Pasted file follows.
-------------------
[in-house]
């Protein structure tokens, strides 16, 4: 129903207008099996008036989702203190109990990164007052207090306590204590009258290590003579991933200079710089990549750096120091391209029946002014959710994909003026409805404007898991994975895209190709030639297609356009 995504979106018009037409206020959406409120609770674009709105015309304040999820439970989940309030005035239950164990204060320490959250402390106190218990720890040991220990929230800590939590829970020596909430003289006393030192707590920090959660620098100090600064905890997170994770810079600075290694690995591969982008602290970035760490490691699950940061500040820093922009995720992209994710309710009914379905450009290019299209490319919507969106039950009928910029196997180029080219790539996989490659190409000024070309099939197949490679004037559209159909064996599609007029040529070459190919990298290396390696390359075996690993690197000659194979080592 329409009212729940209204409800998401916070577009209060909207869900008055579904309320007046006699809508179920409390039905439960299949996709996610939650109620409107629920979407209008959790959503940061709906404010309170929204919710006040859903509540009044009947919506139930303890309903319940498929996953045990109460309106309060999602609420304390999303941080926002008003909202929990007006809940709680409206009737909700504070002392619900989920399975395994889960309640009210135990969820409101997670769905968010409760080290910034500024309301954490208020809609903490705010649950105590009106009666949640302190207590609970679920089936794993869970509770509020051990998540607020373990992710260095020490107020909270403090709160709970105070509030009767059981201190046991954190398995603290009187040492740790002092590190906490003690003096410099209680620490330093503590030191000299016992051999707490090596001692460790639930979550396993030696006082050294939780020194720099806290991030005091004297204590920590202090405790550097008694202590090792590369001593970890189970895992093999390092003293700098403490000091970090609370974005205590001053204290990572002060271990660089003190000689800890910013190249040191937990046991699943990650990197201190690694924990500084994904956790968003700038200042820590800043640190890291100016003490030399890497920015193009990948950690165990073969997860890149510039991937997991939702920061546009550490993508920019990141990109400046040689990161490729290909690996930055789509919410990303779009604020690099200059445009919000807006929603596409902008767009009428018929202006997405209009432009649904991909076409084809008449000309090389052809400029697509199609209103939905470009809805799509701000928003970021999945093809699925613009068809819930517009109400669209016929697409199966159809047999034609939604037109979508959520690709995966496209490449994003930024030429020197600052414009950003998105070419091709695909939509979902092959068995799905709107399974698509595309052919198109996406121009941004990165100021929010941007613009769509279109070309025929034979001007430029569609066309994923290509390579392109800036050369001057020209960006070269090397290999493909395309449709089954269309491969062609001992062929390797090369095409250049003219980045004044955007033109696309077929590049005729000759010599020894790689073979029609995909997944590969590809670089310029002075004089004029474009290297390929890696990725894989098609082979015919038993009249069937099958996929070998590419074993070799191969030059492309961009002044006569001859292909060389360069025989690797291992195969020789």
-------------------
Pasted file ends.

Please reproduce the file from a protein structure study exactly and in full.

[in-house]
């Protein structure tokens, strides 16, 4: 129903207008099996008036989702203190109990990164007052207090306590204590009258290590003579991933200079710089990549750096120091391209029946002014959710994909003026409805404007898991994975895209190709030639297609356009 995504979106018009037409206020959406409120609770674009709105015309304040999820439970989940309030005035239950164990204060320490959250402390106190218990720890040991220990929230800590939590829970020596909430003289006393030192707590920090959660620098100090600064905890997170994770810079600075290694690995591969982008602290970035760490490691699950940061500040820093922009995720992209994710309710009914379905450009290019299209490319919507969106039950009928910029196997180029080219790539996989490659190409000024070309099939197949490679004037559209159909064996599609007029040529070459190919990298290396390696390359075996690993690197000659194979080592 329409009212729940209204409800998401916070577009209060909207869900008055579904309320007046006699809508179920409390039905439960299949996709996610939650109620409107629920979407209008959790959503940061709906404010309170929204919710006040859903509540009044009947919506139930303890309903319940498929996953045990109460309106309060999602609420304390999303941080926002008003909202929990007006809940709680409206009737909700504070002392619900989920399975395994889960309640009210135990969820409101997670769905968010409760080290910034500024309301954490208020809609903490705010649950105590009106009666949640302190207590609970679920089936794993869970509770509020051990998540607020373990992710260095020490107020909270403090709160709970105070509030009767059981201190046991954190398995603290009187040492740790002092590190906490003690003096410099209680620490330093503590030191000299016992051999707490090596001692460790639930979550396993030696006082050294939780020194720099806290991030005091004297204590920590202090405790550097008694202590090792590369001593970890189970895992093999390092003293700098403490000091970090609370974005205590001053204290990572002060271990660089003190000689800890910013190249040191937990046991699943990650990197201190690694924990500084994904956790968003700038200042820590800043640190890291100016003490030399890497920015193009990948950690165990073969997860890149510039991937997991939702920061546009550490993508920019990141990109400046040689990161490729290909690996930055789509919410990303779009604020690099200059445009919000807006929603596409902008767009009428018929202006997405209009432009649904991909076409084809008449000309090389052809400029697509199609209103939905470009809805799509701000928003970021999945093809699925613009068809819930517009109400669209016929697409199966159809047999034609939604037109979508959520690709995966496209490449994003930024030429020197600052414009950003998105070419091709695909939509979902092959068995799905709107399974698509595309052919198109996406121009941004990165100021929010941007613009769509279109070309025929034979001007430029569609066309994923290509390579392109800036050369001057020209960006070269090397290999493909395309449709089954269309491969062609001992062929390797090369095409250049003219980045004044955007033109696309077929590049005729000759010599020894790689073979029609995909997944590969590809670089310029002075004089004029474009290297390929890696990725894989098609082979015919038993009249069937099958996929070998590419074993070799191969030059492309961009002044006569001859292909060389360069025989690797291992195969020789």